March 28th, 2007
Most people believe that World War II was largely the result of the “bad peace” negotiated at the end of World War I. Much unwarranted blame has been laid at the feet of Woodrow Wilson and his peers for the series of events which followed the truce signed by all parties in 1918. It is important to remember that most of the world turned a blind eye to Germany’s rise to war between 1933-1938. But a true appreciation of what happened cannot be gained without a thorough review of the first great conflict, the “War to end all Wars”, and the events leading up to August 1914. In this month’s read, we look at The First World War by Robin Prior and Trevor Wilson.
The dawn of the 20th century found Europe under the influence of a variety of changes. Germany’s military and industrial juggernaut had firmly established itself as the dominant force on the continent. France still held bitter resentment towards Germany as a result of their defeat in the Franco-Prussian War of 1870-71, which signaled the gradual rise of German power. However, given that relative peace had reigned over Europe for more than two decades, the various monarchs expected more of the same: little to no aggression towards one another, industrialization and modernization, and so on. However, changes which occurred during this period had laid the foundation for a much different century.Many scholars point to the web of alliances that spanned the continent as the primary cause of what became known as World War I. However, as masterfully laid out in the Introduction of The First World War by Robin Prior and Trevor Wilson, alliances have rarely ever been honored by countries when it conflicts with their true national goals and priorities. A strong case can be made that the true origin of the conflict can be found in Germany’s imperialistic ambitions. When viewed in this context, the “war to end all wars” perhaps was only a matter of time given that an entire generation of Germany’s entire military institution was trained for implementation of the “Schlieffen Plan”- the invasion plan for France first conceived by Germany’s hero of the Franco-Prussian War, Alfred von Schlieffen. Schlieffen’s overall strategy was to support the countering of a joint attack. His premise was that when (it was not really an “if” in the mind of the German general military staff) war broke out again with France, it was absolutely vital to kill off the French war machine in a lightning manner, before her allies Russia and England could rally to her defense. As France had a series of massive forts on their mutual border, his plan called for the bulk of Germany’s forces to simply move through Belgium, Holland and Luxembourg around the defensive wall. The French forces would be caught in a pinch as other forces would press the French from the east. The remainder of Germany’s army would stop any proposed advance from Russia. When Helmut von Moltke replaced Schlieffen as chief of staff in 1906, Moltke modified the plan slightly to press directly across Flanders (modern day Belgium) and Luxembourg only.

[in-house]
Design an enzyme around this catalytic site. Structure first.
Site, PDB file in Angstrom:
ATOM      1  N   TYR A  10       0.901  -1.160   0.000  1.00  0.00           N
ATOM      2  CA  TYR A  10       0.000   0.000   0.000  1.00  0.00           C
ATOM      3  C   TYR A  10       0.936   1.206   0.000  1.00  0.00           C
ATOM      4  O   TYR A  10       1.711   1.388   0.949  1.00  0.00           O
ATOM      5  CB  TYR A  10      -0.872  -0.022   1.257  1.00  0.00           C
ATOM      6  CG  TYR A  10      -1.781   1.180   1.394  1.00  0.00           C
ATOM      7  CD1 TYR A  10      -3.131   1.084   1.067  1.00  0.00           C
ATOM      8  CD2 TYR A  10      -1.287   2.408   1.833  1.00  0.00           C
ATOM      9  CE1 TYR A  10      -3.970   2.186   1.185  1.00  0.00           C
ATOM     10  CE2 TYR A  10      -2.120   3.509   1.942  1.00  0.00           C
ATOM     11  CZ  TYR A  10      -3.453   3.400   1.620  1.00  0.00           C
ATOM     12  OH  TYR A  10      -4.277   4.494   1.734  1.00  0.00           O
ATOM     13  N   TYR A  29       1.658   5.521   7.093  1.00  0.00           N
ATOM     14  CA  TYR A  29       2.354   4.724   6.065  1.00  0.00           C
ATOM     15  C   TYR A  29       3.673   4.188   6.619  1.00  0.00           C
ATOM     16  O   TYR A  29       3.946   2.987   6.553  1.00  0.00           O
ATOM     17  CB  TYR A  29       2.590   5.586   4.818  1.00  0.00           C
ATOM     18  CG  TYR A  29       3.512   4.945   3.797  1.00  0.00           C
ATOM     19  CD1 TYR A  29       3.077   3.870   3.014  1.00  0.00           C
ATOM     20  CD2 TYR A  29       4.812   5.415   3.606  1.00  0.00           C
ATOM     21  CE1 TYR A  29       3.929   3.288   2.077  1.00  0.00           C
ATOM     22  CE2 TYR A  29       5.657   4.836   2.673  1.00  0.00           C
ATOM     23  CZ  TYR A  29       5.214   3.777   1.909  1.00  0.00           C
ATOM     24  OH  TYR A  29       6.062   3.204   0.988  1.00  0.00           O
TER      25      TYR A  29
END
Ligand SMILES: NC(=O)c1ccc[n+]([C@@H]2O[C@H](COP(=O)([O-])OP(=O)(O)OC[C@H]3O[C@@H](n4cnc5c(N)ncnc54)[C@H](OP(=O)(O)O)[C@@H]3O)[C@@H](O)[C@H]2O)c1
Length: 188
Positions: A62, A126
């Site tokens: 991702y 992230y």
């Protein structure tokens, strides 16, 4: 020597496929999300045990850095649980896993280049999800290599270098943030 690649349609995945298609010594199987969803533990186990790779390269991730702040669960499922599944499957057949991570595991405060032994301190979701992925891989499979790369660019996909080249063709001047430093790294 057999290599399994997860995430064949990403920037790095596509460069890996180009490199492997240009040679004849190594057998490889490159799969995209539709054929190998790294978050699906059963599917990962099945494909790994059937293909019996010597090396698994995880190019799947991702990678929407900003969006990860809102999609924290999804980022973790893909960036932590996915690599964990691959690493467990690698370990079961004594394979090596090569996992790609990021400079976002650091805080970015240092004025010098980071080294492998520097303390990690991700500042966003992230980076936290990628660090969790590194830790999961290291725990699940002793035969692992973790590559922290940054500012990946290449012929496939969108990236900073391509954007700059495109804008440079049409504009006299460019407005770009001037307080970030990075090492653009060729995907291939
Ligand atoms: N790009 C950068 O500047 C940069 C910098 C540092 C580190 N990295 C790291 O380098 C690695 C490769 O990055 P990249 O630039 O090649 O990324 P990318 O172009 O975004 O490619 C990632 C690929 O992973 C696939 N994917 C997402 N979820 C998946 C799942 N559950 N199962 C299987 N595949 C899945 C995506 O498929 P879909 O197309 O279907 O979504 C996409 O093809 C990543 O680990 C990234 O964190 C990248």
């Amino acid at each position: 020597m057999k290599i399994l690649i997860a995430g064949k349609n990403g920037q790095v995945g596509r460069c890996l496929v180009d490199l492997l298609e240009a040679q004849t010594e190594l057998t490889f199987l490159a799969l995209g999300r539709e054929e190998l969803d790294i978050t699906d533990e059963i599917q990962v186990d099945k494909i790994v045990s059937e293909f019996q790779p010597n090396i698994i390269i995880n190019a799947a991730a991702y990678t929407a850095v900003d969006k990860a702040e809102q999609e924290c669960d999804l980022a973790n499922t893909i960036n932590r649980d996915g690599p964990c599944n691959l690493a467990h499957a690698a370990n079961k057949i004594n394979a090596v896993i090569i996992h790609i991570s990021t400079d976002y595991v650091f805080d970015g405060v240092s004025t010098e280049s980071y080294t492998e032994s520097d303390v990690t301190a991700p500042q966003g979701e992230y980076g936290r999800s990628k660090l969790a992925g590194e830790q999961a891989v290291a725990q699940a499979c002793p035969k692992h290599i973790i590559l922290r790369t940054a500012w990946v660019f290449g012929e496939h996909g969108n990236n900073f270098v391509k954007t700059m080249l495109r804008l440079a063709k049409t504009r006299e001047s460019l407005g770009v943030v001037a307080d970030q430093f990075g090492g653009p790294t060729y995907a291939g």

On August 2nd, 1914, the plan was put into effect. The Belgian army, in a heroic effort that most likely salvaged the entire war for the Allies, stalled the German advance long enough for the French army to re-organize its defenses, and for the British to deploy an initial force across the channel. In a theme to be played out many times for both sides, things were made worse by the Germans overextending their forward troops- essentially they did such a good job of driving forward that they exhausted their ability to maintain momentum as supply lines lagged far behind. Together with an unexpectedly strong push by the Russians along the eastern Prussian front, the modified Schlieffen Plan was thwarted. A mad dash for the sea ensued over the next few weeks as both sides began to entrench their lines from the Swiss border all the way to the English channel.
Still, all across the military and political spectrum of both sides with little exception, everyone expected a short war that would be “over by Christmas”. Instead, the world was introduced to the brutality of trench warfare and stalemate all along the western front, with death counts in the millions. Russia was absolutely devastated which contributed, in some measure, to the Russian Revolution and the overthrow of the tsar in favor of the socialists. By late 1917 the United States, a British and French ally, was bringing hundreds of thousands of troops (the infamous “doughboys) to the field each day. An armistice was signed on November 11, 1918. Many believe that the treaty signed at Versailles illustrated the French and British desire to punish the Germans still further. However, Prior and Wilson make a good case that Germany was in fact not punished enough, that the German industrial machine was left virtually untouched.
The First World War is an excellent introduction to the conflict, its roots, and its aftermath. With liberal use of illustrations, maps and vintage photographs, the book offers a concise history of the subject, and feeds a desire to discover more about individual topics.
Two other great books on the subject include The Guns of August by Barbara Tuchman and The First World War by John Keegan. Jeff Shaara’s recent historical novel, To the Last Man, offers an interesting perspective from both sides. The Web also offers three very good sources for articles, maps, timelines, photos, and even some vintage video. They include PBS’s site (http://www.pbs.org/greatwar/), the BBC’s site (http://www.bbc.co.uk/history/war/wwone/index.shtml), and Michael Duffy’s personal site (http://www.firstworldwar.com).
Entry Filed under: Book Reviews